What Is the Best Temperature to Stain a Deck?

Is your deck looking shabby? Beginning to gray or look old and worn? Cleaning and staining your deck are great ways to spruce it up and make it more appealing, plus it protects it from the elements. If you’re wondering what the best temperature for staining decks is, we’re here to help!

Temperature and humidity affect drying time, adhesion, and finish. For best results, the air and wood surface temperatures should be between 70°F and 75°F (21°C to 24°C) and humidity between 40% and 50%. Always read the label for the application instructions and temperature guidelines.

In this guide, we’ll explain the importance of temperature to exterior staining, the best degree range, and what time of day and year produce optimal results. We’ll discuss how sunlight affects stain application and look at 8 popular stains and their temperature requirements. By the end of the guide, you should better understand the effect of temperature and the sun on the application and adhesion of stain and be able to determine the best time of day, year, and temperature to stain your deck.

Best Temperature to Stain a Deck

How Important Are Exterior Stain Temperature Requirements?

Temperature is very important, as is humidity and weather, and all need to be considered when staining a deck. Weather is obvious, forecasts of rain or snow within 48 hours of staining can ruin the finish. Humidity affects drying times which can be an issue if precipitation is forecast before the stain fully dries.

Heat and cold affect the application of stain in a variety of ways and can cause problems later. They can also shorten the lifespan of the finish. Stain manufacturer’s temperature guidelines don’t just mean the air temperature but that of the wood surface too. A sunny day can push the wood surface out of the acceptable range even if the air stays within it. This can cause the stain to dry too quickly for even penetration and leave lap marks.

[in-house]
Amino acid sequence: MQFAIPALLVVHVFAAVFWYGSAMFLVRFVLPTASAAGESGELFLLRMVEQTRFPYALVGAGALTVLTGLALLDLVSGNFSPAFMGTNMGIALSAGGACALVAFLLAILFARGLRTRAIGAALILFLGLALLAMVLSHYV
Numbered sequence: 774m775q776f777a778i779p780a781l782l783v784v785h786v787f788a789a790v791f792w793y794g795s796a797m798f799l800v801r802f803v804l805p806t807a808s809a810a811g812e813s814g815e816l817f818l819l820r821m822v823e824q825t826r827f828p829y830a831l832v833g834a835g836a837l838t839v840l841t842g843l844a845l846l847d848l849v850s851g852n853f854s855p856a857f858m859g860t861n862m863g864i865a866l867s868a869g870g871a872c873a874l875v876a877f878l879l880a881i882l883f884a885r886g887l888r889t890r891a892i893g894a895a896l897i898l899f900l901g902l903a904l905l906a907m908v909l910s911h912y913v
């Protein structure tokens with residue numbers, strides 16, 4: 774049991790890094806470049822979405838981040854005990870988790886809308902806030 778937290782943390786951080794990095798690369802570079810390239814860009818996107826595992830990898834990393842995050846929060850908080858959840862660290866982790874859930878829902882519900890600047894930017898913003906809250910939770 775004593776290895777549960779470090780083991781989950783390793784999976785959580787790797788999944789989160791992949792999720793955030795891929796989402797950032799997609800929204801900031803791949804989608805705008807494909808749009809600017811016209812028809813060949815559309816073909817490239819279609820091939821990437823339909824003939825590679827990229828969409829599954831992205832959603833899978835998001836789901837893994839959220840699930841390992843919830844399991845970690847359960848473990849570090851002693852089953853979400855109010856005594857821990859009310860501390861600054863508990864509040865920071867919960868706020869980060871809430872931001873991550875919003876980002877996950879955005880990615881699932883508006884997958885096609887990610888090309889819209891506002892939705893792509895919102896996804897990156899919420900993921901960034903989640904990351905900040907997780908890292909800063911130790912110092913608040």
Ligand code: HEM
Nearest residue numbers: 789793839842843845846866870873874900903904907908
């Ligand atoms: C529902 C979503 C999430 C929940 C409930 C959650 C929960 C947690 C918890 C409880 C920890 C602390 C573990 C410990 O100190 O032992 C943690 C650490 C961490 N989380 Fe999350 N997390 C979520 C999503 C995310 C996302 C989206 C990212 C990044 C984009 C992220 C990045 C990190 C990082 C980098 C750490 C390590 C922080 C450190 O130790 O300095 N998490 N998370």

Stained surfaces need to stay within the prescribed range until the stain is fully cured. Night temperatures may stay within the approved range, but the dew point temperature may not. Dew is as much a concern to curing stain as rain. It can affect drying times, durability, and make the finish peel, flake, and look splotchy, so it is another temperature issue.

What Is the Best Temperature to Stain a Deck?

The acceptable temperature range to stain a deck, according to most stain manufacturers, is between 50°F (10°C) and 90°F (32°C). The temperature doesn’t just refer to the daytime highs and lows though but to the surface temperature of what is being stained or painted. For the best results, the wood temperature needs to stay within that range until it is fully cured.

The best temperature to stain a deck is 70°F (21°C) with a humidity of 40%, which allows for a 20° buffer between the accepted high and low temperatures. If the wood is too warm, the stain can dry too quickly causing uneven absorption, blotchy finish, and poor adhesion resulting in peeling and flaking. If it’s too cold, there is less evaporation which can lengthen the drying time and curing process, preventing proper adhesion and reducing durability.

If you live in an area where cold temperatures are common but still need to apply stain to protect a deck or other wood surface, 50°F (10°C) may be a dream come true! Temperatures between 40°F (4°C) and 50°F are acceptable provided rain or snow aren’t forecast.

Cool days tend to have lower humidity, so the stain will cure fully, just slower. The coldest the wood temperatures should be is 32°F (0°C) to 35°F (2C°). However, the stain may not fully cure until the wood warms up some.